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For fans of Anne Canadeo comes a fun and sassy cozy mystery in which one woman must solve the murder of a book group member and untangle a web of secrets hidden by her bookish cohorts.
Hazel Rose never dreamed that the murder mystery book group she and her friend Carlene started would stage a real murder.
Nevertheless, the normally composed Carlene is unusually angry and rattled one night during a book group discussion and dies after drinking cyanide-spiked tea. Despite a suicide note, Hazel is skeptical; Carlene never seemed suicidal—she was busy making plans for her future. Incidentally, Carlene was married to Hazel’s ex-husband, and Hazel has always suspected there might be something more to her past than she let on.
How much does anyone really know about Carlene Arness? And did she die by her own hand or someone else’s? Hazel begins a search for the truth that produces no shortage of motives, as she unearths the past that Carlene took great pains to hide. And most of those motives belong to the members of her very own book group…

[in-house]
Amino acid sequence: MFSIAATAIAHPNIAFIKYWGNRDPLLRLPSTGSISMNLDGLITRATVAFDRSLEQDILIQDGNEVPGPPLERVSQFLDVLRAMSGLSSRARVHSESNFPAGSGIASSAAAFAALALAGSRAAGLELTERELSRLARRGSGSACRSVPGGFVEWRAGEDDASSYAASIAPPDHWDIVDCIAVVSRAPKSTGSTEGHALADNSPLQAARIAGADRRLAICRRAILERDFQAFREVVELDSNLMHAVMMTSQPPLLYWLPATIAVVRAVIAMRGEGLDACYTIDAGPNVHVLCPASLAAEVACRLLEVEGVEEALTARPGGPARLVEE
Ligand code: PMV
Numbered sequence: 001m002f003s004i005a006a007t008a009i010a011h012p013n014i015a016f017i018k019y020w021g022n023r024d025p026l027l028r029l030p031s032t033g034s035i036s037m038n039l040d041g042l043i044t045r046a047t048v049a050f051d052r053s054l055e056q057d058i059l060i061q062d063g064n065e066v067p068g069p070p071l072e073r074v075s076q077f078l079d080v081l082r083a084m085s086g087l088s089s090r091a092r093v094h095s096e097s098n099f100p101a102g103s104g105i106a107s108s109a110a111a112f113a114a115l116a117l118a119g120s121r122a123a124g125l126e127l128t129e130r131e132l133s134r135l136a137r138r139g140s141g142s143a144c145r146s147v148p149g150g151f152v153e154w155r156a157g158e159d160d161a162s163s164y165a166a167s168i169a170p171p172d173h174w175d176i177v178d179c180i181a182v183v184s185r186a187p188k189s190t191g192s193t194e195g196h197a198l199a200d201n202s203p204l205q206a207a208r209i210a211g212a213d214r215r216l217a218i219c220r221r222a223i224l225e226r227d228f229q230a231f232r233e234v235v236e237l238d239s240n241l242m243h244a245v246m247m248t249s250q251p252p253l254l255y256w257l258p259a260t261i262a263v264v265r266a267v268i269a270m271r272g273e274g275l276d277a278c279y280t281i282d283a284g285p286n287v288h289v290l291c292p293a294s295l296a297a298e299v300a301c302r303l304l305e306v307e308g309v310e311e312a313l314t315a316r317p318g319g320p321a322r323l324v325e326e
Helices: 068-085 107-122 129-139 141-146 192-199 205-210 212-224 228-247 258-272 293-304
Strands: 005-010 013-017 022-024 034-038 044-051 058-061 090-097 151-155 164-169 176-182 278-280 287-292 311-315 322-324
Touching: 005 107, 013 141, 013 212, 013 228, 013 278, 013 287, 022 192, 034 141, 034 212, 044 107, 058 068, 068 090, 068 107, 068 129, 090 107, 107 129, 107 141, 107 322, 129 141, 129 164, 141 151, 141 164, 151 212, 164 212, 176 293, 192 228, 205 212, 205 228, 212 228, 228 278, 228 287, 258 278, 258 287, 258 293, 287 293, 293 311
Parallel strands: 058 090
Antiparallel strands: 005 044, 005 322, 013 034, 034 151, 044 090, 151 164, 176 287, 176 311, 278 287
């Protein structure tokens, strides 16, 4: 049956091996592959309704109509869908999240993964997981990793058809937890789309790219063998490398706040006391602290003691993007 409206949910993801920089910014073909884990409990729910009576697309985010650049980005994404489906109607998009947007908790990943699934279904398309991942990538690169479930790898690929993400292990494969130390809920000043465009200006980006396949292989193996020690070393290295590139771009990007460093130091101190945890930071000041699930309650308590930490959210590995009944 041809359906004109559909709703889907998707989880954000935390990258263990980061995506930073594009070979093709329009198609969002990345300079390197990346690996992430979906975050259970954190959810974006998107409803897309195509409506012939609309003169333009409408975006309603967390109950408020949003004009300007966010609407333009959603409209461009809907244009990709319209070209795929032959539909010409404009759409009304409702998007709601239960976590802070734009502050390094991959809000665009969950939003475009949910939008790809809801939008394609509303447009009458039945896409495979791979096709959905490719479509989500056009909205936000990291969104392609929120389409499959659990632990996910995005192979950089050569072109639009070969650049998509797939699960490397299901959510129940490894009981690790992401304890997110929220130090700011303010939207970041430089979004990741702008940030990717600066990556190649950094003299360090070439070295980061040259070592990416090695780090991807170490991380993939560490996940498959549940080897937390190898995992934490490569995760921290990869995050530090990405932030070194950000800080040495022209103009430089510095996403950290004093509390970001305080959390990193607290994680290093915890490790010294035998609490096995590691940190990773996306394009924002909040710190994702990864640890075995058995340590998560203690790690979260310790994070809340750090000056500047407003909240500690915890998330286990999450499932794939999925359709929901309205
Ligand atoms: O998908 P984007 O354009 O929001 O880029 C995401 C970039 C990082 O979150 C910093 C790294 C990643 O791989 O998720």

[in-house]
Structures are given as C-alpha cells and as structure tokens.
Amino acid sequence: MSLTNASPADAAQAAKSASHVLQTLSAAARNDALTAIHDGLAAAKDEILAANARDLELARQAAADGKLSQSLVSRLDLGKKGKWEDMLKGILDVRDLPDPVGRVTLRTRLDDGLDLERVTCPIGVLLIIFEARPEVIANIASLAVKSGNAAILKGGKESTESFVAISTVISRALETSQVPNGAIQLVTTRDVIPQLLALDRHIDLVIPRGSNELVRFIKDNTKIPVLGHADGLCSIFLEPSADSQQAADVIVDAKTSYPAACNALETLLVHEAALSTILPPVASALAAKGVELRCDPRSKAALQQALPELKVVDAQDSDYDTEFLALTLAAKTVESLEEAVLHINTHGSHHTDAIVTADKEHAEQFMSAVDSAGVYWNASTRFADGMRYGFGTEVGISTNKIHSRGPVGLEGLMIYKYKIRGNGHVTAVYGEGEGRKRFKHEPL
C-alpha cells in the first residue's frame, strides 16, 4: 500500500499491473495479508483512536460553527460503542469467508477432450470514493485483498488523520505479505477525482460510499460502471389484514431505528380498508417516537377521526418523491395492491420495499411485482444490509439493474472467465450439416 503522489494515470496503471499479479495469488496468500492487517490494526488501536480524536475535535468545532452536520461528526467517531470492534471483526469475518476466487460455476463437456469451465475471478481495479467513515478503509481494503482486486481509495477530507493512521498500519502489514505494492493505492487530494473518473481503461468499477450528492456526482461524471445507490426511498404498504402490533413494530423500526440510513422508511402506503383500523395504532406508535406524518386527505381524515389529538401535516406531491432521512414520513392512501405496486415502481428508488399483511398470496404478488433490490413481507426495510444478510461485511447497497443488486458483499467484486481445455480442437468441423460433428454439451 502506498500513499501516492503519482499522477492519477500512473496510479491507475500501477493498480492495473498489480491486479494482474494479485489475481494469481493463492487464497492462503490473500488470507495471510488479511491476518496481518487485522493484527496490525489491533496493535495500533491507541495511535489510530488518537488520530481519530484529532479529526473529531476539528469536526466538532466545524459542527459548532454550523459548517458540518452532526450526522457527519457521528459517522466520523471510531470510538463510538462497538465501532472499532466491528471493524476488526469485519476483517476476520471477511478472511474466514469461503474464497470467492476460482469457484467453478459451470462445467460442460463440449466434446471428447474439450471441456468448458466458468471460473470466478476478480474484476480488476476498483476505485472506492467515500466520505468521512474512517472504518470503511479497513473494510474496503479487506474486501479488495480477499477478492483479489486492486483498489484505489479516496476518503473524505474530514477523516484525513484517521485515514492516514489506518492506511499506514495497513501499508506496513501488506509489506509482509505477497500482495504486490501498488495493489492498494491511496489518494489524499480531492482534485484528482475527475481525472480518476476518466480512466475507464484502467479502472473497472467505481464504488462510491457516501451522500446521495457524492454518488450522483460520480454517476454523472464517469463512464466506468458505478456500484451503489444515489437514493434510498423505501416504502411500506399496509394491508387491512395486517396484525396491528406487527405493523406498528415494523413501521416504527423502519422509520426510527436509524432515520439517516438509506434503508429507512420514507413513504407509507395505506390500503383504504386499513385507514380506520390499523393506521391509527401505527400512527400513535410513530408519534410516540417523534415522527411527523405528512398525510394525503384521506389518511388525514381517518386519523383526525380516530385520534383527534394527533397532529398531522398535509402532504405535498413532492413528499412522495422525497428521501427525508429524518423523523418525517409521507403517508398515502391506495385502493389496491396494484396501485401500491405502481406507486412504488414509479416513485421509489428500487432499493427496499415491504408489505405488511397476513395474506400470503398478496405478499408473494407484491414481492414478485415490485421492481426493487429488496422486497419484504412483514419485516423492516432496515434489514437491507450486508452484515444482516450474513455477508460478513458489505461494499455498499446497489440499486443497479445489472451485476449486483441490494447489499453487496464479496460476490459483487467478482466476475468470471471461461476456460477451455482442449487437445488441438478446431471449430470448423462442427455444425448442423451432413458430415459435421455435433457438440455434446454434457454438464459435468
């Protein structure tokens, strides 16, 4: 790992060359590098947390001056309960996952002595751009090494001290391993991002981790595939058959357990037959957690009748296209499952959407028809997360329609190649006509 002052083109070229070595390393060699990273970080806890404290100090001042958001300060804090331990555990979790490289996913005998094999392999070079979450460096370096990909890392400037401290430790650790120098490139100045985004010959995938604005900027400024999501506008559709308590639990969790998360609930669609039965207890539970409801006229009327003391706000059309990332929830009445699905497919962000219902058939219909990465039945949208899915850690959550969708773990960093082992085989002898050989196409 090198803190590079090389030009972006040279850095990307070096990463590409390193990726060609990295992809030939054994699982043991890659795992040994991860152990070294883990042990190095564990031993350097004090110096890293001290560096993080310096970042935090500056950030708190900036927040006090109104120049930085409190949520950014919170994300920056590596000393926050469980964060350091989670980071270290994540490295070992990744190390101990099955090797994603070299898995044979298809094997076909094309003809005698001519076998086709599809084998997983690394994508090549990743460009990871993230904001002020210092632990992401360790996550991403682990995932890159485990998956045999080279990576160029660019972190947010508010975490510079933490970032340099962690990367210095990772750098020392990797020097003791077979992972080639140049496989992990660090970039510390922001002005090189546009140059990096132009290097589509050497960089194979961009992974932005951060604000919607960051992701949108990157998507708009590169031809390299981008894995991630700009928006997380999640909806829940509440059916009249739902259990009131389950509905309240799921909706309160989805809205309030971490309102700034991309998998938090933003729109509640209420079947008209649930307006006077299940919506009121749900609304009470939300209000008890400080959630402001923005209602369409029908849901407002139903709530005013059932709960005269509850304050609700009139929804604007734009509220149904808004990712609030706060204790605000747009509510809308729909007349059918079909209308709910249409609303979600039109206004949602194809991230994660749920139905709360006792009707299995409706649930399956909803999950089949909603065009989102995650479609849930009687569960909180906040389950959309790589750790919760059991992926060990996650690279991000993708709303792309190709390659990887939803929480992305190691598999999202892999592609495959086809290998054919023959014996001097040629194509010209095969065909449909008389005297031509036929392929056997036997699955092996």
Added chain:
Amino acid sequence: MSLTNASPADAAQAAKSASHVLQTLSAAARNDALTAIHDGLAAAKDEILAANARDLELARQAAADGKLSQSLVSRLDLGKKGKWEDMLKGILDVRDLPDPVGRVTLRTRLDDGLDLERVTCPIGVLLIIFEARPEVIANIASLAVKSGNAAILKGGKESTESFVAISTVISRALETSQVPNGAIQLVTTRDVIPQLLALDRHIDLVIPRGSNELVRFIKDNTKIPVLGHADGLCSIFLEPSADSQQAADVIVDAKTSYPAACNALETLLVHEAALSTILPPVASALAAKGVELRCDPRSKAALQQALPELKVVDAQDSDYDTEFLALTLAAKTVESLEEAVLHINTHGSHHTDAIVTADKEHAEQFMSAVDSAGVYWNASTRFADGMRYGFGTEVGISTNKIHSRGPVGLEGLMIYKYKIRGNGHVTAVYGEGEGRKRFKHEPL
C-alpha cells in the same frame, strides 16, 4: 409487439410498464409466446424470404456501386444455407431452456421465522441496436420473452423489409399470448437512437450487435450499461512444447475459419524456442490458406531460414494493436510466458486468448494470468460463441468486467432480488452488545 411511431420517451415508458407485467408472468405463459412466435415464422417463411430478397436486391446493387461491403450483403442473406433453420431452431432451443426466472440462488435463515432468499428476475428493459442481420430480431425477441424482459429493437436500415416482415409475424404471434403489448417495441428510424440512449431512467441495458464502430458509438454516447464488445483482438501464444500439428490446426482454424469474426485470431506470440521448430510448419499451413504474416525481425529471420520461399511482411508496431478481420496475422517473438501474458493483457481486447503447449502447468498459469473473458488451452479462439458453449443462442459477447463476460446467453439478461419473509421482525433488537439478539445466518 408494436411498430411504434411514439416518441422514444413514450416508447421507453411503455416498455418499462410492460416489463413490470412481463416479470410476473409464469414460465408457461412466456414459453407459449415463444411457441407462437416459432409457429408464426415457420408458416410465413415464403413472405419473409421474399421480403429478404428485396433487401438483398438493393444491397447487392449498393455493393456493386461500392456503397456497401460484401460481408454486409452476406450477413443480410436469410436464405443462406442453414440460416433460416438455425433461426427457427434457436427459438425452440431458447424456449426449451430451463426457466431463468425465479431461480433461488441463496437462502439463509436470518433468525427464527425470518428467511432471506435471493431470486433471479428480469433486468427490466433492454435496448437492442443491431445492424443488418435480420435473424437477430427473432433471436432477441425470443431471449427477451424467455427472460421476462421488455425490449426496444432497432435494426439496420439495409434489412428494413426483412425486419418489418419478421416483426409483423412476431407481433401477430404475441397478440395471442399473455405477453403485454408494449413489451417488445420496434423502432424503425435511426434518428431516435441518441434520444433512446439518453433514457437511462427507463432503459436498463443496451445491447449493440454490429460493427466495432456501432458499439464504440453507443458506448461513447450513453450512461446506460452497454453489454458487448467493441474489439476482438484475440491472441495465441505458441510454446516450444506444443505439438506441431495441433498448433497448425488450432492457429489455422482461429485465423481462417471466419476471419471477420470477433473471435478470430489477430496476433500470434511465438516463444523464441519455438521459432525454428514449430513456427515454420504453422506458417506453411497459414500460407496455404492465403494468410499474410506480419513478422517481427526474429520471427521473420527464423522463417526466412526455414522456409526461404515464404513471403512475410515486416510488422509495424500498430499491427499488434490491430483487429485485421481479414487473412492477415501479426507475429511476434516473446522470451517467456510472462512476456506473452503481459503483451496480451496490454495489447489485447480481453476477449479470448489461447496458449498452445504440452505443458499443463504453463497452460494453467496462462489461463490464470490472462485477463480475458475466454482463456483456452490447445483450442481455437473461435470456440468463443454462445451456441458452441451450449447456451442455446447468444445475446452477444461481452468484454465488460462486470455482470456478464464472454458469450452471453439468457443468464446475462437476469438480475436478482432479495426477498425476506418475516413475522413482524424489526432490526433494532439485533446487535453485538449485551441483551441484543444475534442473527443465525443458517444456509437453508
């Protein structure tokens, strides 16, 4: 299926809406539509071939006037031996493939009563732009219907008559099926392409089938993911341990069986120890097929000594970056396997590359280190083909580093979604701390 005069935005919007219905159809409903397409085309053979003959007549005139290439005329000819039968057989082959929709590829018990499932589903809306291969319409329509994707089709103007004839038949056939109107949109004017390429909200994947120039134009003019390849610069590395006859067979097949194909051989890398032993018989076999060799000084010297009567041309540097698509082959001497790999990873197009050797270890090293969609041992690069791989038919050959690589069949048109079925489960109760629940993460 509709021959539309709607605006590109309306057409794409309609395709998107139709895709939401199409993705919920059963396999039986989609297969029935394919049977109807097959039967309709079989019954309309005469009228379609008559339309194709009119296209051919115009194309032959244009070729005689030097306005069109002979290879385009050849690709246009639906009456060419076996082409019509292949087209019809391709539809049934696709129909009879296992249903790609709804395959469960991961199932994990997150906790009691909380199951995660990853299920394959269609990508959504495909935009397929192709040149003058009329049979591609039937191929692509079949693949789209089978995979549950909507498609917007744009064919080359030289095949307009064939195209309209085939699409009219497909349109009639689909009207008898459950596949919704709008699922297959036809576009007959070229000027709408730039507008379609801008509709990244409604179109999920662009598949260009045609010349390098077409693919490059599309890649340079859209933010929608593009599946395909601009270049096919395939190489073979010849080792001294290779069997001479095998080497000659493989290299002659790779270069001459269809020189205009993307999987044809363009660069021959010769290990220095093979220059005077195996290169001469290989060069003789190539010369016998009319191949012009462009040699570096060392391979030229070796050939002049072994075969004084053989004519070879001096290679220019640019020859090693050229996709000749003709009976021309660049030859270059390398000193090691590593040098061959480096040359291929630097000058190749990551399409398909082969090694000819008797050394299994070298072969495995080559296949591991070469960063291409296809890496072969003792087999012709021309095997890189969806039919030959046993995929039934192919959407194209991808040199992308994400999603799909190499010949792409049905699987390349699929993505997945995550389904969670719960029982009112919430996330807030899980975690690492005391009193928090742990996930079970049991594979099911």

Featuring memorable characters and a wicked sense of humor, Murder at the Book Group shows the darker side of a book club where reading isn’t about pleasure—it’s about payback.
About the Author
Maggie King grew up in North Plainfield, New Jersey, graduated from Rochester Institute of Technology, and worked as a software developer in Los Angeles for many years. She is a founding member of the Sisters in Crime Central Virginia Chapter. Her short story “A Not So Genteel Murder” was published in the Virginia Is for Mysteries anthology. Maggie lives in Richmond, Virginia, with her husband, Glen, and two cats. Visit her at MaggieKing.com.
"[An] entertaining debut...Readers will find more substance here than in most cozies."
— Publishers Weekly
“This promising series debut – edgier and sexier than most cozies – should intrigue anyone who enjoys biblio crime.”
"The characters in this story are fascinating, and for the humor that the author delivers, there is definitely a dark side to go with it."
— Suspense Magazine
"[King's] amateur sleuth's pseudo-investigative skills and her interactions with a cast of well-drawn, small-town characters reveal a deception that ultimately coalesces into a study of human nature and the limits of perception...Maggie King entertainingly darkens the common perception of book clubs in her quirky debut."
— Shelf Awareness